Here's What To Expect In Your First Post-College Job

Here's What To Expect In Your First Post-College Job
by Lauren McGoodwin
Photos Joe Kathrina | August 28, 2014

“Okay. I’m about to start my first full-time job after college. I’m probably overthinking this, but my start date is quickly approaching, and I’m getting more and more nervous! Do you have any tips?”

- Morgan, Arlington, TX


After you graduate, one of the most frequently asked questions you get is “what are you going to do now?” Lucky for me, I had landed a job about 5 days prior to walking across the stage, so I confidently replied and pretty much tuned out any advice given to me about adjusting to work life.

That was a mistake. The transition to full-time work is not to be taken lightly! Here are 5 things I wish I had known before I started my first job:

1. THE COMPANY MATTERS AS MUCH AS THE JOB TITLE.

When I was job searching, I did just that: I focused on the job. In hindsight, I should have focused on the company, their mission, their products and their culture. Putting in 40 hours a week will be much more enjoyable if you’re contributing to a company and mission you connect with, so take the time to really research the company and identify parts of their mission that resonate with you.

2. IT'S OK TO WING IT.

Inevitably you will be asked to do a task that you a) have never done before and b) have no idea where to start. It’s okay to make it up as you go, because that’s exactly how you learn.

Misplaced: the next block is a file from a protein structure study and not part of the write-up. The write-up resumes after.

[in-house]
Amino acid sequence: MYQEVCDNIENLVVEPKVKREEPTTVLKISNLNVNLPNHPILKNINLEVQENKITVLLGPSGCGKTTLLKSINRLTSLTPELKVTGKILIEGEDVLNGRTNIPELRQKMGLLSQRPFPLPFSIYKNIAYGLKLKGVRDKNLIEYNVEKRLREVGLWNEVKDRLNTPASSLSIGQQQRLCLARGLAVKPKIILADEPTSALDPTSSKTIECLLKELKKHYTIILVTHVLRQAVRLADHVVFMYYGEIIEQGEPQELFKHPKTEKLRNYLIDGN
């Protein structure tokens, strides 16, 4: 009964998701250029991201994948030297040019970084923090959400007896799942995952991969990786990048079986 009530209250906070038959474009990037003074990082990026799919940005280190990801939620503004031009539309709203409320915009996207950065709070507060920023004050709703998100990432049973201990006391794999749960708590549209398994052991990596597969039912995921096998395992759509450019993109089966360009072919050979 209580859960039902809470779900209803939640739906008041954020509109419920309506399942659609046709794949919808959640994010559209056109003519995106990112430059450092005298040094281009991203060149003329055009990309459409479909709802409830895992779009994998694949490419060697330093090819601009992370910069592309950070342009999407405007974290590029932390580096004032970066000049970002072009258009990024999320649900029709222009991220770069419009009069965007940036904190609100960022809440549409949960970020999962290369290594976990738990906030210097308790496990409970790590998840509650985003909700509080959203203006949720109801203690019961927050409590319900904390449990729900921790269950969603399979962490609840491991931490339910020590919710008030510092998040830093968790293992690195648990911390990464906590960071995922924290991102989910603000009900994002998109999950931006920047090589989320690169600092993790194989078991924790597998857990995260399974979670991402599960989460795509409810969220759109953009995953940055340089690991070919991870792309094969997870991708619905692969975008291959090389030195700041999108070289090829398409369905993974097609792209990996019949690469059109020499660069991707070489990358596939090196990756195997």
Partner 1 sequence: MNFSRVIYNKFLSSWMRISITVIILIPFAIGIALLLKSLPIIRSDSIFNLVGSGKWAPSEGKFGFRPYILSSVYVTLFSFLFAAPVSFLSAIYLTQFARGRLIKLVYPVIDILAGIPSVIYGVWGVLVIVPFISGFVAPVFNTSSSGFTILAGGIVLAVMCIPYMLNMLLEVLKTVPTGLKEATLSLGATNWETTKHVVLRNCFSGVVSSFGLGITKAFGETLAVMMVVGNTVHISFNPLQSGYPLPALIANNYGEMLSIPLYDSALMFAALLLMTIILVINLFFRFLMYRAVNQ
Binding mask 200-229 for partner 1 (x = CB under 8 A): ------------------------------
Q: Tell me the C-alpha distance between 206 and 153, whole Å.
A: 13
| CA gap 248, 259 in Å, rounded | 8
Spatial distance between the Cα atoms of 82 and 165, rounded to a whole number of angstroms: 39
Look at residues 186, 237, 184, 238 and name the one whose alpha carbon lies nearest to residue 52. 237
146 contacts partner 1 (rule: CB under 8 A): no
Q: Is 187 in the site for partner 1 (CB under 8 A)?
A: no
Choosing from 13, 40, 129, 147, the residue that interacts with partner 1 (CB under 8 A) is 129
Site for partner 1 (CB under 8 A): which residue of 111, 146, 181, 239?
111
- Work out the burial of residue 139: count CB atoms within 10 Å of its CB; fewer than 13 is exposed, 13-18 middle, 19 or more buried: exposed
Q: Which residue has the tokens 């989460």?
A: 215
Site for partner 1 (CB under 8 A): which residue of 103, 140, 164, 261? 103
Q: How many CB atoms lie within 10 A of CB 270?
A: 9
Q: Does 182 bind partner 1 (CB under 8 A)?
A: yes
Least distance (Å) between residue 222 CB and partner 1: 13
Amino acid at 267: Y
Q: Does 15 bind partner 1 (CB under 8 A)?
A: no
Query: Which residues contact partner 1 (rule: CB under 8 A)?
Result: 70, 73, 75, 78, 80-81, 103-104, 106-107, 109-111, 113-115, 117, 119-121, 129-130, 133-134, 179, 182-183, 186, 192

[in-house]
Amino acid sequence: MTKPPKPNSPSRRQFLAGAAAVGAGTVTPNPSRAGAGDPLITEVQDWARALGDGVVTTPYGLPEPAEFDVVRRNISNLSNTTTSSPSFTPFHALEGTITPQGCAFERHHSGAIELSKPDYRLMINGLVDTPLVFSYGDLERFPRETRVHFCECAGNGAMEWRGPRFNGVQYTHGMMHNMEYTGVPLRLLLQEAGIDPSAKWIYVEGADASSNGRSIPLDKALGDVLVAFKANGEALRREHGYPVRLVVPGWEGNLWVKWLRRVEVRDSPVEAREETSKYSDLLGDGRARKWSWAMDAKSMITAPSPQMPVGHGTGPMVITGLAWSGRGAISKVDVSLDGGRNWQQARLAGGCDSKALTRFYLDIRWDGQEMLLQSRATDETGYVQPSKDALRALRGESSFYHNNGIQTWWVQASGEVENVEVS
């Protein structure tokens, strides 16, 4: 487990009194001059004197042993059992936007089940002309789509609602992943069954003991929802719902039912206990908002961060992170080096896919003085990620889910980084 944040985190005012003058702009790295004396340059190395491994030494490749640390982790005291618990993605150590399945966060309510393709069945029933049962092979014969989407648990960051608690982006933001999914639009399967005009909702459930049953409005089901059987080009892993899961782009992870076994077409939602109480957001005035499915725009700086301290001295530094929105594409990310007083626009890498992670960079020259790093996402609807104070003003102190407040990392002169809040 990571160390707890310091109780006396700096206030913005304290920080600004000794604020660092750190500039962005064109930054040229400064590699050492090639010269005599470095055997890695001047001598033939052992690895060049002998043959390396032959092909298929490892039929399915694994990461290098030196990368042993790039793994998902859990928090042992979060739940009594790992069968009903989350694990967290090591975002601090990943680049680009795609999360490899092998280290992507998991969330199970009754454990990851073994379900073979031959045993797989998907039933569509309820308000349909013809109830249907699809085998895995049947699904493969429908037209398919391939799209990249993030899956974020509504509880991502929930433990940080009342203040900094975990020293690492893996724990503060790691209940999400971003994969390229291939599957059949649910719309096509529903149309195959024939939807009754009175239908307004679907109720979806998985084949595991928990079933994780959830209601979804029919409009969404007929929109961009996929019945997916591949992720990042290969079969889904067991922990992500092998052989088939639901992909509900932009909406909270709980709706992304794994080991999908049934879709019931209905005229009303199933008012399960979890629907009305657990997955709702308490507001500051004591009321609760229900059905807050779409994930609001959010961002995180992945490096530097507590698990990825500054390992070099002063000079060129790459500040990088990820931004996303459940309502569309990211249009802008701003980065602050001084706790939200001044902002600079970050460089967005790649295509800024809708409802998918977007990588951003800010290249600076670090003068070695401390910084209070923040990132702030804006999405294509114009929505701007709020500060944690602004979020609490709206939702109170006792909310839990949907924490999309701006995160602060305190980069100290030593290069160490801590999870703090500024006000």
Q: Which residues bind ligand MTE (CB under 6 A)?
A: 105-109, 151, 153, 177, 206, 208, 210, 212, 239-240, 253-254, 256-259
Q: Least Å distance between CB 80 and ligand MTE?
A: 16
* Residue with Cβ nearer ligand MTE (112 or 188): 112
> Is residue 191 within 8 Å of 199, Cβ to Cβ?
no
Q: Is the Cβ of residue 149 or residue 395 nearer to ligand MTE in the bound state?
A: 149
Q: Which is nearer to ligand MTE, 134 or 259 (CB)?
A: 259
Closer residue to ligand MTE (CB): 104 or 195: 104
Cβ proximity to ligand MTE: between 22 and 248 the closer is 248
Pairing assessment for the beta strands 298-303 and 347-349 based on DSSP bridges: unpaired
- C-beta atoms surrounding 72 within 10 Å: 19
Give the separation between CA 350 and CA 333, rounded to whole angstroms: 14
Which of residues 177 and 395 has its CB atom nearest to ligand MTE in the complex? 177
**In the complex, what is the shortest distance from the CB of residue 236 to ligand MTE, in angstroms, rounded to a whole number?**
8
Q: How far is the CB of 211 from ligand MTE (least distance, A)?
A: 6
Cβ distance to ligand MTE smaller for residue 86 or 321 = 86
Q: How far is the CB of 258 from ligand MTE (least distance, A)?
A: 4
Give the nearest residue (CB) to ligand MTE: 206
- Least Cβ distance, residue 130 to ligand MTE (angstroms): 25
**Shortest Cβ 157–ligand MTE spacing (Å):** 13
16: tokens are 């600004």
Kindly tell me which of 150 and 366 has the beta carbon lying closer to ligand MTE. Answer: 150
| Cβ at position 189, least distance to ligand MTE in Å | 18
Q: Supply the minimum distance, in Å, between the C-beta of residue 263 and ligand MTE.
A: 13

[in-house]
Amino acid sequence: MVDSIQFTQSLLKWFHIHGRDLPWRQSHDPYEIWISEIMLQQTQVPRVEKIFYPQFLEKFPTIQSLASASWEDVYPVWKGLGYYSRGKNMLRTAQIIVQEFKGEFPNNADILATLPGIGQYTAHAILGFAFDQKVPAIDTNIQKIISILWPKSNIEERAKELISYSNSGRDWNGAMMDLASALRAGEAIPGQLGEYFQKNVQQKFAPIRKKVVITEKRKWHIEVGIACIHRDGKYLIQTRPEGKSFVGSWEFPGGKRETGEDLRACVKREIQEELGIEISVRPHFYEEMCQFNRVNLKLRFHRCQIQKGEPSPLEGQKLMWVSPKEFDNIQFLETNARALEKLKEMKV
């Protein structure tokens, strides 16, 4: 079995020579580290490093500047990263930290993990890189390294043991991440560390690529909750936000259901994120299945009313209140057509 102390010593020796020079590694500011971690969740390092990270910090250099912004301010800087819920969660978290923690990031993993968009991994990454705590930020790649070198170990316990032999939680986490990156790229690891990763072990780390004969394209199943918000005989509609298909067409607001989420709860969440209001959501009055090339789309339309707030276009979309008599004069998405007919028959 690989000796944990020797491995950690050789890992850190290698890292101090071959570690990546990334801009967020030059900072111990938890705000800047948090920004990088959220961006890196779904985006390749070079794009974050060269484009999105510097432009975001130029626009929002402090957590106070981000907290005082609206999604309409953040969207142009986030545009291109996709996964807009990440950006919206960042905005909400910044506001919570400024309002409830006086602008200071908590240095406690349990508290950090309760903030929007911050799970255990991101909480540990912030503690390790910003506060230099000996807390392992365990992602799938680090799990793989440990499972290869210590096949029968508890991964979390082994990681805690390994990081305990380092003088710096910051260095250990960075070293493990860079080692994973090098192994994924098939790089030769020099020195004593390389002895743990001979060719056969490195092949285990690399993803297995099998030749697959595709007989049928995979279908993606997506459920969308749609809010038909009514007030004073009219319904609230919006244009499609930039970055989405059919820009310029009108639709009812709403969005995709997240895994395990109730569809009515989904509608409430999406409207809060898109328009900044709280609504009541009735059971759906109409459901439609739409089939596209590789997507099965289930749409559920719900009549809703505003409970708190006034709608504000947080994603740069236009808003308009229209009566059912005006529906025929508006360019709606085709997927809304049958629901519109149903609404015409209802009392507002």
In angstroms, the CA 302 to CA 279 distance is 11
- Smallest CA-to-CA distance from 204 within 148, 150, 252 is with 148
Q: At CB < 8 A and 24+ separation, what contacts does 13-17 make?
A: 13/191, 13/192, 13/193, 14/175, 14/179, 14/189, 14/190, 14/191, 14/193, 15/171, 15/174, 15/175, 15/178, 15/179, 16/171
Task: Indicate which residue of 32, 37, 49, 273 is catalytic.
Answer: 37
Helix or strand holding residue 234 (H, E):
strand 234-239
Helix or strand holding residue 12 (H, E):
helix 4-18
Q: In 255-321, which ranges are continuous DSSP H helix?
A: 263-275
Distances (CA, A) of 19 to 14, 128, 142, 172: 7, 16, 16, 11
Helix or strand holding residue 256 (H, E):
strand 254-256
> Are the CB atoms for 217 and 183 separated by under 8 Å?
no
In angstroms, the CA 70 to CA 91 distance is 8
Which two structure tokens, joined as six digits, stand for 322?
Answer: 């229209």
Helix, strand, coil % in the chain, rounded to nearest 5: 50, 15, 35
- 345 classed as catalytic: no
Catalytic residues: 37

3. MUNDANE TASKS MATTER.

Making copies, organizing files and listening to voicemails matter. Your first job will probably require more mundane tasks than you would like, but those tasks provide a lot of value and therefore, you provide a lot of value to your organization.

4. ADJUSTING TO YOUR NEW SCHEDULE TAKES TIME. 

As a student, your schedule was relatively flexible and you could adjust it to make time for other priorities such as a part-time job, exercise, etc. In the working world your schedule is pretty much decided for you with set working hours, a time-off policy and sometimes the unfortunate necessity to skip that happy hour with friends in order to finish an assignment. This is where time management skills will be critical, and remember that just because you can work from anywhere doesn’t mean that you should. Set aside time to turn off from work and take care of life stuff.

5. IT'S OK TO LOOK FOR A NEW JOB.

Unless you win the first-job lottery, you’ll probably be ready to look for a new gig after about a year. Most entry-level jobs are stepping stones toward bigger and better things. Network with people in your industry and take note of other companies you’d want to work for in order to make your next move a purposeful one and a good fit for your overall career goals.